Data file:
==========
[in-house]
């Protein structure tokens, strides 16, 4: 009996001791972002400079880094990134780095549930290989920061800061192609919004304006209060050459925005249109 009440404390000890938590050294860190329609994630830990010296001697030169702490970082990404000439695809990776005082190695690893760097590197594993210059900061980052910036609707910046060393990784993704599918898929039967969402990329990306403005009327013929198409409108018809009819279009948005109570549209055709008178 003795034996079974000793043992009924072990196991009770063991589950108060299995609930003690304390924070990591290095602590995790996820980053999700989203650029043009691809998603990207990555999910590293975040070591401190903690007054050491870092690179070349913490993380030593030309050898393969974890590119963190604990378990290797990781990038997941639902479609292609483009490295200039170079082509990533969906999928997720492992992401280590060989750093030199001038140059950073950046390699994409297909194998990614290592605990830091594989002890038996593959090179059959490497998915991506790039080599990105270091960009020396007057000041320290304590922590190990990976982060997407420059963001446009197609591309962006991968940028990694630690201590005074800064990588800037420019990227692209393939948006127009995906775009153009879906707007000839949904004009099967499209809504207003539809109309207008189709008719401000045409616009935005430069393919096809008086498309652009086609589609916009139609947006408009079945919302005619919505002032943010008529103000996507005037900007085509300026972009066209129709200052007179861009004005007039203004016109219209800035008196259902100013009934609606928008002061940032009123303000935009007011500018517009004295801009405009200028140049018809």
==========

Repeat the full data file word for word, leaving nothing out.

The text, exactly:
[in-house]
């Protein structure tokens, strides 16, 4: 009996001791972002400079880094990134780095549930290989920061800061192609919004304006209060050459925005249109 009440404390000890938590050294860190329609994630830990010296001697030169702490970082990404000439695809990776005082190695690893760097590197594993210059900061980052910036609707910046060393990784993704599918898929039967969402990329990306403005009327013929198409409108018809009819279009948005109570549209055709008178 003795034996079974000793043992009924072990196991009770063991589950108060299995609930003690304390924070990591290095602590995790996820980053999700989203650029043009691809998603990207990555999910590293975040070591401190903690007054050491870092690179070349913490993380030593030309050898393969974890590119963190604990378990290797990781990038997941639902479609292609483009490295200039170079082509990533969906999928997720492992992401280590060989750093030199001038140059950073950046390699994409297909194998990614290592605990830091594989002890038996593959090179059959490497998915991506790039080599990105270091960009020396007057000041320290304590922590190990990976982060997407420059963001446009197609591309962006991968940028990694630690201590005074800064990588800037420019990227692209393939948006127009995906775009153009879906707007000839949904004009099967499209809504207003539809109309207008189709008719401000045409616009935005430069393919096809008086498309652009086609589609916009139609947006408009079945919302005619919505002032943010008529103000996507005037900007085509300026972009066209129709200052007179861009004005007039203004016109219209800035008196259902100013009934609606928008002061940032009123303000935009007011500018517009004295801009405009200028140049018809």